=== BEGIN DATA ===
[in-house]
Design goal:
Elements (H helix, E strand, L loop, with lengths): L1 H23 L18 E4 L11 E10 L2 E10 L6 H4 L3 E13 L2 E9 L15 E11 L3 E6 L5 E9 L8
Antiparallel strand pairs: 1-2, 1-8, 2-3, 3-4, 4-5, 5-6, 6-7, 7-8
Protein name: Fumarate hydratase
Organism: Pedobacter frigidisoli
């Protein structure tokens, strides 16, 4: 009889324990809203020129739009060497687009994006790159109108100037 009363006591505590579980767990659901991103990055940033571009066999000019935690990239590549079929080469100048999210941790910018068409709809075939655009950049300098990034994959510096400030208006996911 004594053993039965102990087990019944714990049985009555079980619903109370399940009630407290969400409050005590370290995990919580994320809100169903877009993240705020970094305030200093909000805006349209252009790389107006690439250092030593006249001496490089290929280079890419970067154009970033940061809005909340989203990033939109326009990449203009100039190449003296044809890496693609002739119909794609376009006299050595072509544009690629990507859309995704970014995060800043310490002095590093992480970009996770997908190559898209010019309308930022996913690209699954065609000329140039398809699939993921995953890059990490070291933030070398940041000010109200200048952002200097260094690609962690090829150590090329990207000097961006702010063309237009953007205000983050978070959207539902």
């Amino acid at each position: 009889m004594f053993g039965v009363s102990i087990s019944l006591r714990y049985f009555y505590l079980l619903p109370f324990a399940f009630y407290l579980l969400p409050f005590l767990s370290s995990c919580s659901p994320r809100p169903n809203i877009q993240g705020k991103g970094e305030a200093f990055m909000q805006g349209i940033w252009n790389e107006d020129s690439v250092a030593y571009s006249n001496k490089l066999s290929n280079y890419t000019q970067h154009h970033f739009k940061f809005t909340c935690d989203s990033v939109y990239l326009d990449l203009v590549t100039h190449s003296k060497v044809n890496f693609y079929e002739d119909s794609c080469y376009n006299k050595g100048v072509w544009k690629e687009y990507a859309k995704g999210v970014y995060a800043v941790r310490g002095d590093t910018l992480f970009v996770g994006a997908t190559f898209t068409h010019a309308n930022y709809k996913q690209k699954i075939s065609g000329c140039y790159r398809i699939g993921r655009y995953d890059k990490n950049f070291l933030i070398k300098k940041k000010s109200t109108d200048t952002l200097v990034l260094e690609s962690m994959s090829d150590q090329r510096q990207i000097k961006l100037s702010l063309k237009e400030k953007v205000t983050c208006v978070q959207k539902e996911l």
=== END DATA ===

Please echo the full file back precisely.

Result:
[in-house]
Design goal:
Elements (H helix, E strand, L loop, with lengths): L1 H23 L18 E4 L11 E10 L2 E10 L6 H4 L3 E13 L2 E9 L15 E11 L3 E6 L5 E9 L8
Antiparallel strand pairs: 1-2, 1-8, 2-3, 3-4, 4-5, 5-6, 6-7, 7-8
Protein name: Fumarate hydratase
Organism: Pedobacter frigidisoli
């Protein structure tokens, strides 16, 4: 009889324990809203020129739009060497687009994006790159109108100037 009363006591505590579980767990659901991103990055940033571009066999000019935690990239590549079929080469100048999210941790910018068409709809075939655009950049300098990034994959510096400030208006996911 004594053993039965102990087990019944714990049985009555079980619903109370399940009630407290969400409050005590370290995990919580994320809100169903877009993240705020970094305030200093909000805006349209252009790389107006690439250092030593006249001496490089290929280079890419970067154009970033940061809005909340989203990033939109326009990449203009100039190449003296044809890496693609002739119909794609376009006299050595072509544009690629990507859309995704970014995060800043310490002095590093992480970009996770997908190559898209010019309308930022996913690209699954065609000329140039398809699939993921995953890059990490070291933030070398940041000010109200200048952002200097260094690609962690090829150590090329990207000097961006702010063309237009953007205000983050978070959207539902």
């Amino acid at each position: 009889m004594f053993g039965v009363s102990i087990s019944l006591r714990y049985f009555y505590l079980l619903p109370f324990a399940f009630y407290l579980l969400p409050f005590l767990s370290s995990c919580s659901p994320r809100p169903n809203i877009q993240g705020k991103g970094e305030a200093f990055m909000q805006g349209i940033w252009n790389e107006d020129s690439v250092a030593y571009s006249n001496k490089l066999s290929n280079y890419t000019q970067h154009h970033f739009k940061f809005t909340c935690d989203s990033v939109y990239l326009d990449l203009v590549t100039h190449s003296k060497v044809n890496f693609y079929e002739d119909s794609c080469y376009n006299k050595g100048v072509w544009k690629e687009y990507a859309k995704g999210v970014y995060a800043v941790r310490g002095d590093t910018l992480f970009v996770g994006a997908t190559f898209t068409h010019a309308n930022y709809k996913q690209k699954i075939s065609g000329c140039y790159r398809i699939g993921r655009y995953d890059k990490n950049f070291l933030i070398k300098k940041k000010s109200t109108d200048t952002l200097v990034l260094e690609s962690m994959s090829d150590q090329r510096q990207i000097k961006l100037s702010l063309k237009e400030k953007v205000t983050c208006v978070q959207k539902e996911l």